We first wrote about Sarah Goldfarb’s Red Wedding project back in September, describing how it managed to combine “elements as diverse as bedroom pop, jangle pop and disco.” With pop sensibilities granted extra weight by a heavy beat and haunting cello, the sound is the perfect vehicle for Goldfarb’s smart and searching writing, leading to songs full of atmosphere and thematic depth (as the single ‘Lucy’s Song’ attests).
Today, we’re really please to be able to share the debut Red Wedding record, a self-titled EP that boasts a diverse array of influences. Owing a debt to the DIY pop of Cleaners From Venus and edgy New Wave of Marianne Faithfull, as well as Stereolab, Charli XCX and the soundtracks of Piero Umiliani and Ennio Morricone, the release is cool but never cold, and atmospheric beyond its often minimalistic sound.
The record was mostly conceived while Goldfarb worked at a cinema. The tedium of the role was offset by the unique access to films it provided, something which had a tangible influence on the sound of the album. Not only do the scores of Umiliani and Morricone shape the Red Wedding aesthetic, but the very act of being around movies so often has a more pervasive influence on the perspective of the writing. “Rather than directly expressing my feelings in my lyrics,” Goldfarb explains, “I would often use the films I viewed as a lens through which to view my life. The refuge I sought in songwriting seamlessly overlapped with the escapism I found in films.”
Opener ‘Christmas Eve’ sets the tone, a slow and shimmering retro pop instrumental that heralds the Red Wedding style, before ‘Stripes’ introduces Goldfarb’s vocals that sound at once bored and defiant. Here is where Faithfull’s influence becomes apparent, the plain spoken and barely interested style feeling radically confrontational. Take ‘Bones’ as an example, the verses’ mumbled simplicity lending an intimate vibe, as though we are within Goldfarb’s head, privy not just to her poetic thoughts but the anxious, repetitive ones too. “Don’t be angry with me again,” she asks, “please don’t be angry with me again,” though the flat delivery makes it seem less like pleading with the other person, and more her own private mantra, a prayer to change reality before it comes to pass.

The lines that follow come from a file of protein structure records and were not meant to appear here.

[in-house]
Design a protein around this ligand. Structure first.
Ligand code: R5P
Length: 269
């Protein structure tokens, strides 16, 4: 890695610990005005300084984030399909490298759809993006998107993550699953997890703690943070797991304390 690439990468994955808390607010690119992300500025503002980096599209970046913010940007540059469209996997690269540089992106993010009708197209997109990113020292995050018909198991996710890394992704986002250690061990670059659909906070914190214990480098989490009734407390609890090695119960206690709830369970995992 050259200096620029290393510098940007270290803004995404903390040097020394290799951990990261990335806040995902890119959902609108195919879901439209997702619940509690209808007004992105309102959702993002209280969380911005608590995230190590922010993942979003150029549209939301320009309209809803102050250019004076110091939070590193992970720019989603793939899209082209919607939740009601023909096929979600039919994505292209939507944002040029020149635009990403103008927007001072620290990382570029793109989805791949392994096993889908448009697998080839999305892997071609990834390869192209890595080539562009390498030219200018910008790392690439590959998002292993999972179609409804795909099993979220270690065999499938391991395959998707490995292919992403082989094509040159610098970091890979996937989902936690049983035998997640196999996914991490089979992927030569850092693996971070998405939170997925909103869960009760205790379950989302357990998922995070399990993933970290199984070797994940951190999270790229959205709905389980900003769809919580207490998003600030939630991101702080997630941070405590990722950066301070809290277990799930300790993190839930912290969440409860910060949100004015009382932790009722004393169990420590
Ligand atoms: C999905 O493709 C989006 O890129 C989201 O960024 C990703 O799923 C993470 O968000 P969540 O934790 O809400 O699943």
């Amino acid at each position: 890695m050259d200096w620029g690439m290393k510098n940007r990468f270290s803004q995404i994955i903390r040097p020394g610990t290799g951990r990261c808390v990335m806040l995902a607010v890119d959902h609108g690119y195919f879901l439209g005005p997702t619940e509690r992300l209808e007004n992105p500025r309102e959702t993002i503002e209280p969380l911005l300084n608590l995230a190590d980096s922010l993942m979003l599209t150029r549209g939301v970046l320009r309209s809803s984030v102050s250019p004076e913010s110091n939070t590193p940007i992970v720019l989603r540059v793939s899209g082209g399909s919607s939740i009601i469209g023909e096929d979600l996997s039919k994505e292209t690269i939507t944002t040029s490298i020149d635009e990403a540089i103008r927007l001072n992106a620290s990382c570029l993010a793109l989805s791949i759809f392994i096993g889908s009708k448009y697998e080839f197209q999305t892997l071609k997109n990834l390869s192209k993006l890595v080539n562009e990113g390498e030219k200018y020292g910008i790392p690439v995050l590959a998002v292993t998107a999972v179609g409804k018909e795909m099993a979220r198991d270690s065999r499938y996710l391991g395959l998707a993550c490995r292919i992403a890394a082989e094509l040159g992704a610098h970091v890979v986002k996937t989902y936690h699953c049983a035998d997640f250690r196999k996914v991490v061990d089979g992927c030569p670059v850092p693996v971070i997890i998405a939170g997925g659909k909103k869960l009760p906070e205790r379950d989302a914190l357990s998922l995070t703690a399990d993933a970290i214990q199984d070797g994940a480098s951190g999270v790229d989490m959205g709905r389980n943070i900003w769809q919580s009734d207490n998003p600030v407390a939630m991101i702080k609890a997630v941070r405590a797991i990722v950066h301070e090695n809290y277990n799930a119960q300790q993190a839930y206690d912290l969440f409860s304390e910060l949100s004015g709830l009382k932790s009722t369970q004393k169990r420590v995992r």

The tone harks back to the filmic inspiration, emotions present but detached, seen but not felt, somehow secondary. As such, the songs feel like reactions to emotions rather than emotions themselves, as though the drama and disappointment of Goldfarb’s life are projected onto a big screen and we’re next to her, watching her reaction. ‘Bugsy’ is a good example of this, the scene clearly evocative but lacking immediacy, fierce emotion transformed into a wistful longing in retrospective examination.
The track also shows Red Wedding’s inventive writing style. A classically trained cellist, Goldfarb possesses no formal training in guitar, and many of the songs resulted from this lack of rule and preconception. “My inexperience with the instrument created new songwriting possibilities for me,” Goldfarb explains. “Without a frame of reference, I would find random chords that I loved and work around them.”
Invention marks the lyrics too, with some interesting experimentation with perspective and preconceived ideas. As we wrote in our preview, ‘Lucy’s Song’ is a re-imagining of Bram Stoker’s Dracula from the point of view of the peripheral woman, centring her experience to explore new directions. “[The song] offers a revised narrative in which Lucy is granted more autonomy, challenging her victim status and lifting her character from object to subject,” we wrote. “Which is to say, Lucy is granted an awareness that is absent from Stoker’s telling, the changes to her body not some all-powerful force but a new dimension in her persona, and one which she can confront and grapple with like all personal changes.”
The idea marks the Red Wedding sound, and brings an added dimension to the influence of film. There is a cool detachment, yes, but the move is not some attempt to belittle or escape one’s own experience. Rather, Goldfarb uses the clarity offered by distance to get a better handle on things, circumventing personal hang-ups and neuroses, and also the stereotypes of our society. Which is to say, removing oneself not to become some passive viewer, but rather to increase understanding and autonomy.
Red Wedding is out now and available via the Red Wedding Bandcamp page.